Cardiff University | Prifysgol Caerdydd ORCA
Online Research @ Cardiff 
WelshClear Cookie - decide language by browser settings

Rapid screening of invertebrate predators for multiple prey DNA targets

Harper, Georgina Louise, King, Robert Andrew, Dodd, C. S., Harwood, James Douglas, Glen, D. M., Bruford, Michael William and Symondson, William Oliver Christian 2005. Rapid screening of invertebrate predators for multiple prey DNA targets. Molecular Ecology 14 (3) , pp. 819-827. 10.1111/j.1365-294X.2005.02442.x

Full text not available from this repository.

Abstract

DNA-based techniques are providing valuable new approaches to tracking predator–prey interactions. The gut contents of invertebrate predators can be analysed using species-specific primers to amplify prey DNA to confirm trophic links. The problem is that each predator needs to be analysed with primers for the tens of potential prey available at a field site, even though the mean number of species detected in each gut may be as few as one or two. Conducting all these PCRs (polymerase chain reactions) is a lengthy process, and effectively precludes the analysis of the hundreds of predators that might be required for a meaningful ecological study. We report a rapid, more sensitive and practical approach. Multiplex PCRs, incorporating fluorescent markers, were found to be effective at amplifying degraded DNA from predators' guts and could amplify mitochondrial DNA fragments from 10+ species simultaneously without 'drop outs'. The combined PCR products were then separated by size on polyacrylamide gels on an ABI377 sequencer. New primers to detect the remains of aphids, earthworms, weevils and molluscs in the guts of carabid predators were developed and characterized. The multiplex-sequencer approach was then applied to field-caught beetles, some of which contained DNA from as many as four different prey at once. The main prey detected in the beetles proved to be earthworms and molluscs, although aphids and weevils were also consumed. The potential of this system for use in food-web research is discussed.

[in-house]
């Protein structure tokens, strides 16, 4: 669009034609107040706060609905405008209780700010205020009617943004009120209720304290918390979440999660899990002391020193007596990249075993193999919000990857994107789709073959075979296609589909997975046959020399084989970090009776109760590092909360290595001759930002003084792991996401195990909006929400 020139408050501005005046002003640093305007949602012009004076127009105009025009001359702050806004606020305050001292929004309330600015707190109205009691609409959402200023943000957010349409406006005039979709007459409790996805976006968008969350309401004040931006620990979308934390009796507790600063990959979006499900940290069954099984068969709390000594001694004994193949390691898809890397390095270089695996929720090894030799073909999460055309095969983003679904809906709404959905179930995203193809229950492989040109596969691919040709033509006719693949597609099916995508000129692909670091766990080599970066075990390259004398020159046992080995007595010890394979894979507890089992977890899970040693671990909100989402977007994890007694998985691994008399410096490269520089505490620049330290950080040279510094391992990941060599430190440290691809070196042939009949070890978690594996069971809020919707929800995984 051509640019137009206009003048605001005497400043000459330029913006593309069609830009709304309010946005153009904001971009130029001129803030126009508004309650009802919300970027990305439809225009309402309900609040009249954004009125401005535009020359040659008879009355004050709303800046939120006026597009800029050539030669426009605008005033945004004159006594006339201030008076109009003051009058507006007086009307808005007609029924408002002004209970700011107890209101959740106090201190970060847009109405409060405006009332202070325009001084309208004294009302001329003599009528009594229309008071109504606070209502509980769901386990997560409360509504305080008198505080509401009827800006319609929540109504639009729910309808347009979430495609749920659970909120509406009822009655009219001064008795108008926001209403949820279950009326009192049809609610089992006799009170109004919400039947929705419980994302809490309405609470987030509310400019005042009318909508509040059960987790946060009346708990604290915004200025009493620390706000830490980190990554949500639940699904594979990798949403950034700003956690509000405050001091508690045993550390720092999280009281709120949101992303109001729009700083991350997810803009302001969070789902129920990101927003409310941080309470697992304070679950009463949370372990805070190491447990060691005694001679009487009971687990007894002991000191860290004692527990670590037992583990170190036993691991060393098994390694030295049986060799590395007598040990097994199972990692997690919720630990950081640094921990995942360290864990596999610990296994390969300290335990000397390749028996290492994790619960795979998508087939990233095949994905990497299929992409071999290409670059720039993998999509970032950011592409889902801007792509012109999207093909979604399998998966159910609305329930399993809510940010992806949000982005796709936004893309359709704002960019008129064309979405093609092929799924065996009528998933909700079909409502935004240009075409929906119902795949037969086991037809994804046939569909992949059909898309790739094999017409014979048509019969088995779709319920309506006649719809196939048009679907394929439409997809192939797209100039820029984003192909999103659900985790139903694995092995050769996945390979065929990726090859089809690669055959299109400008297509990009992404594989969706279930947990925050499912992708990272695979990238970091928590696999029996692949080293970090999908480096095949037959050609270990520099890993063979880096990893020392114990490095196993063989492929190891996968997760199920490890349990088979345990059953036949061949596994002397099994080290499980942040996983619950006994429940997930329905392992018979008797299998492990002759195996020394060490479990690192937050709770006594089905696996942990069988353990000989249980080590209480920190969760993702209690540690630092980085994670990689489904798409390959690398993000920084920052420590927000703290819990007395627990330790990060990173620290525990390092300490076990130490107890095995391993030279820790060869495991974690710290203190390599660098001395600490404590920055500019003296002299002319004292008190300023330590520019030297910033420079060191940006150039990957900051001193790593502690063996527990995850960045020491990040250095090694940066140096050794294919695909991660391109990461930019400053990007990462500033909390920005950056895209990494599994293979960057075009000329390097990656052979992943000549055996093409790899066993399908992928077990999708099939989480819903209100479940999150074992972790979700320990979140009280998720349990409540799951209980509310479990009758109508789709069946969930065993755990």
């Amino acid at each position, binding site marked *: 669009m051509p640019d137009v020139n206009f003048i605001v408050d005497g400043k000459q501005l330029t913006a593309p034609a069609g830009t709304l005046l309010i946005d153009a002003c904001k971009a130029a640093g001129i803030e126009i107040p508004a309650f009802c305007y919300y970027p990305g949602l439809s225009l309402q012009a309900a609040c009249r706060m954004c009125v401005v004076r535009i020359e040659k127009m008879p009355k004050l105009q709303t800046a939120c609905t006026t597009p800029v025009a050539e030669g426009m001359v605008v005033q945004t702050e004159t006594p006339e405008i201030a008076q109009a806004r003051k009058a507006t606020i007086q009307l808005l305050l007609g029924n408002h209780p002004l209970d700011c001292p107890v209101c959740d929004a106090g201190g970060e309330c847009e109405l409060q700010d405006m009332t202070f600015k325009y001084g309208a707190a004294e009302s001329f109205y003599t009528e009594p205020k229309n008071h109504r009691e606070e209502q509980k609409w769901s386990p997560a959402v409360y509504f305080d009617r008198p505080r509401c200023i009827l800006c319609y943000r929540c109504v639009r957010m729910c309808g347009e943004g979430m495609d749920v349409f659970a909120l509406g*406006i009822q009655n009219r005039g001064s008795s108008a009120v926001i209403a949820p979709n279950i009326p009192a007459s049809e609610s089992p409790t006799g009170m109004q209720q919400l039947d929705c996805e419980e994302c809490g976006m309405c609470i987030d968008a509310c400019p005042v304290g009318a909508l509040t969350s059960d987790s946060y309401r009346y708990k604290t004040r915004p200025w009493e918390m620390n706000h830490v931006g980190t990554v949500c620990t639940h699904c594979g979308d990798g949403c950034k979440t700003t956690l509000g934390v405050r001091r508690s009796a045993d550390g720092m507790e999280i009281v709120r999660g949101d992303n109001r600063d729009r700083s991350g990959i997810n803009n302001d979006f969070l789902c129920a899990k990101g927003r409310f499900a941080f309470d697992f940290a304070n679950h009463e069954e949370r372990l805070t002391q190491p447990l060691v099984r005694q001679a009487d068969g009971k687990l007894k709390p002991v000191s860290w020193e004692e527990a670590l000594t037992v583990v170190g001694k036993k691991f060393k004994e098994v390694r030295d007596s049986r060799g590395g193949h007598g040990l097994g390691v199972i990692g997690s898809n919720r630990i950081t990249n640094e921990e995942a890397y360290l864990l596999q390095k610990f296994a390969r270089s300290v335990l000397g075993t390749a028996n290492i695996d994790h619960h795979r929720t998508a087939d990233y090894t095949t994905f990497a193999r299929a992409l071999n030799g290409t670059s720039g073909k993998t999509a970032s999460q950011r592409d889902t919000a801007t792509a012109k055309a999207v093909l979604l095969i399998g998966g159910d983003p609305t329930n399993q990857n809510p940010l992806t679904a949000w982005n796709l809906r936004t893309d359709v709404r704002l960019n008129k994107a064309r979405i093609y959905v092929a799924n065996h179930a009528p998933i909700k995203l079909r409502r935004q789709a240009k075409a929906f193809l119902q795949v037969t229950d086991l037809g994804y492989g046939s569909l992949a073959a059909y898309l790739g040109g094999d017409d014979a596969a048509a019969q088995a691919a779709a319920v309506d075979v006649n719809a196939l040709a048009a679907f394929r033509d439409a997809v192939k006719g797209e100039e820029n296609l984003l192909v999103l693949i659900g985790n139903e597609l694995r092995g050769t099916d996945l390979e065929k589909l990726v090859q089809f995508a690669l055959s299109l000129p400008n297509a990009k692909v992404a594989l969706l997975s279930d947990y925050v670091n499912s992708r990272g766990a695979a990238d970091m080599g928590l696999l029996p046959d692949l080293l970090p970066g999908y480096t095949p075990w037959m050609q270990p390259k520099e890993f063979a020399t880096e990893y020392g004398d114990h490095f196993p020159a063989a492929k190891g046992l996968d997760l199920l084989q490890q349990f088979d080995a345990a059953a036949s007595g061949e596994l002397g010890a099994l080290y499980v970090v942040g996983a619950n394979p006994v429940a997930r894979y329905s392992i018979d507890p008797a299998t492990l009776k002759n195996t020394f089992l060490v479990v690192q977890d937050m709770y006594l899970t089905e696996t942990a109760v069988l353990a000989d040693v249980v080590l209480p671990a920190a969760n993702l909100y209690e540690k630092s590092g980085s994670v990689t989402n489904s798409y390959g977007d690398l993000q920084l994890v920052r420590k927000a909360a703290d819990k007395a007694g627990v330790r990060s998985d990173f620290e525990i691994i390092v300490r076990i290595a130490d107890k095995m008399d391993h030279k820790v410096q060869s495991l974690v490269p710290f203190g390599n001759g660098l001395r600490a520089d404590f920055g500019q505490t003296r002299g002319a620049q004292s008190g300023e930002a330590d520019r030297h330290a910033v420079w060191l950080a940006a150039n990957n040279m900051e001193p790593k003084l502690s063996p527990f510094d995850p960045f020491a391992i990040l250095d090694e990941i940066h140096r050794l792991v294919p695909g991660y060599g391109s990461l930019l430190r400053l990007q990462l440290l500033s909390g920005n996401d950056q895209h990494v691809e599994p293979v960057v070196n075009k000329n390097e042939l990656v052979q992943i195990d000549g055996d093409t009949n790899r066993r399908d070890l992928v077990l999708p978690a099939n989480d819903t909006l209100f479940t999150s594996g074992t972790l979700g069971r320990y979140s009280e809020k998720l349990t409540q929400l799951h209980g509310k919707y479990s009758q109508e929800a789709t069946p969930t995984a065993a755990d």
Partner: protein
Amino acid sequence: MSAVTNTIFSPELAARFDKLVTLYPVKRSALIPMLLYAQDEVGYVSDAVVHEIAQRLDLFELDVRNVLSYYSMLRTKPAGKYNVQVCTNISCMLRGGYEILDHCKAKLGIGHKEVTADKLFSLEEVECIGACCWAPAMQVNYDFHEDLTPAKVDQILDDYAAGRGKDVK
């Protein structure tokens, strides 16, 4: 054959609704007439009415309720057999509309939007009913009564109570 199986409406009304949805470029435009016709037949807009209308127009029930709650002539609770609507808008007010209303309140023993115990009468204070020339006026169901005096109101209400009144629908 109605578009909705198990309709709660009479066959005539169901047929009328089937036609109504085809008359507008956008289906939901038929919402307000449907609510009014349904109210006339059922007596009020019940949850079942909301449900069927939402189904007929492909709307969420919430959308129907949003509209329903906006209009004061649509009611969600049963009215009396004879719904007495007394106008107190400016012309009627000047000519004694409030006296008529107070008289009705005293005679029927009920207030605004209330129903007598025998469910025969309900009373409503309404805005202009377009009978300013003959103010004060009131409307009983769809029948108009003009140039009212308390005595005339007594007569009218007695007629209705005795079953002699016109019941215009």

Item Type: Article
Date Type: Publication
Status: Published
Schools: Biosciences
Sustainable Places Research Institute (PLACES)
Uncontrolled Keywords: Aphid ; earthworm ; mollusc ; multiplex PCR ; prey biodiversity ; Pterostichus melanarius
Publisher: Blackwell Publishing
ISSN: 0962-1083
Last Modified: 28 Jun 2019 03:22
URI: http://orca.cf.ac.uk/id/eprint/1210

Citation Data

Cited 175 times in Google Scholar. View in Google Scholar

Cited 181 times in Scopus. View in Scopus. Powered By Scopus® Data

Actions (repository staff only)

Edit Item Edit Item